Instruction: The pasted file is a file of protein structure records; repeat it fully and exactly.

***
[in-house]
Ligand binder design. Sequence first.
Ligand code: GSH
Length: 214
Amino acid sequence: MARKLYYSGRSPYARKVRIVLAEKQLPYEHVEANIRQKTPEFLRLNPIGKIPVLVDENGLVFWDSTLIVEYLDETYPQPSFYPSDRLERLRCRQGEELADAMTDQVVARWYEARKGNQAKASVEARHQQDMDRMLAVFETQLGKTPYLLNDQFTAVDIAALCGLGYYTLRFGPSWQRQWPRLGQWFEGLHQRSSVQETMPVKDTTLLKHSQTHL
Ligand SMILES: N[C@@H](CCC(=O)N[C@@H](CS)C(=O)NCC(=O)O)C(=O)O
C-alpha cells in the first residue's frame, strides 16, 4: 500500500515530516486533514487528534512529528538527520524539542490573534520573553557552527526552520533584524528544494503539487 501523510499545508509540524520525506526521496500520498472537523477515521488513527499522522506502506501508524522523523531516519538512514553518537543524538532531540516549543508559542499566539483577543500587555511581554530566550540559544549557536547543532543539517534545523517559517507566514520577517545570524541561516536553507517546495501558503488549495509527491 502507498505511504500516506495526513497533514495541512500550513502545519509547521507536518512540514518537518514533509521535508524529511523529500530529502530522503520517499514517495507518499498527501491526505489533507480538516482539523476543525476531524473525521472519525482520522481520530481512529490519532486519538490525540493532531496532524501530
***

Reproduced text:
[in-house]
Ligand binder design. Sequence first.
Ligand code: GSH
Length: 214
Amino acid sequence: MARKLYYSGRSPYARKVRIVLAEKQLPYEHVEANIRQKTPEFLRLNPIGKIPVLVDENGLVFWDSTLIVEYLDETYPQPSFYPSDRLERLRCRQGEELADAMTDQVVARWYEARKGNQAKASVEARHQQDMDRMLAVFETQLGKTPYLLNDQFTAVDIAALCGLGYYTLRFGPSWQRQWPRLGQWFEGLHQRSSVQETMPVKDTTLLKHSQTHL
Ligand SMILES: N[C@@H](CCC(=O)N[C@@H](CS)C(=O)NCC(=O)O)C(=O)O
C-alpha cells in the first residue's frame, strides 16, 4: 500500500515530516486533514487528534512529528538527520524539542490573534520573553557552527526552520533584524528544494503539487 501523510499545508509540524520525506526521496500520498472537523477515521488513527499522522506502506501508524522523523531516519538512514553518537543524538532531540516549543508559542499566539483577543500587555511581554530566550540559544549557536547543532543539517534545523517559517507566514520577517545570524541561516536553507517546495501558503488549495509527491 502507498505511504500516506495526513497533514495541512500550513502545519509547521507536518512540514518537518514533509521535508524529511523529500530529502530522503520517499514517495507518499498527501491526505489533507480538516482539523476543525476531524473525521472519525482520522481520530481512529490519532486519538490525540493532531496532524501530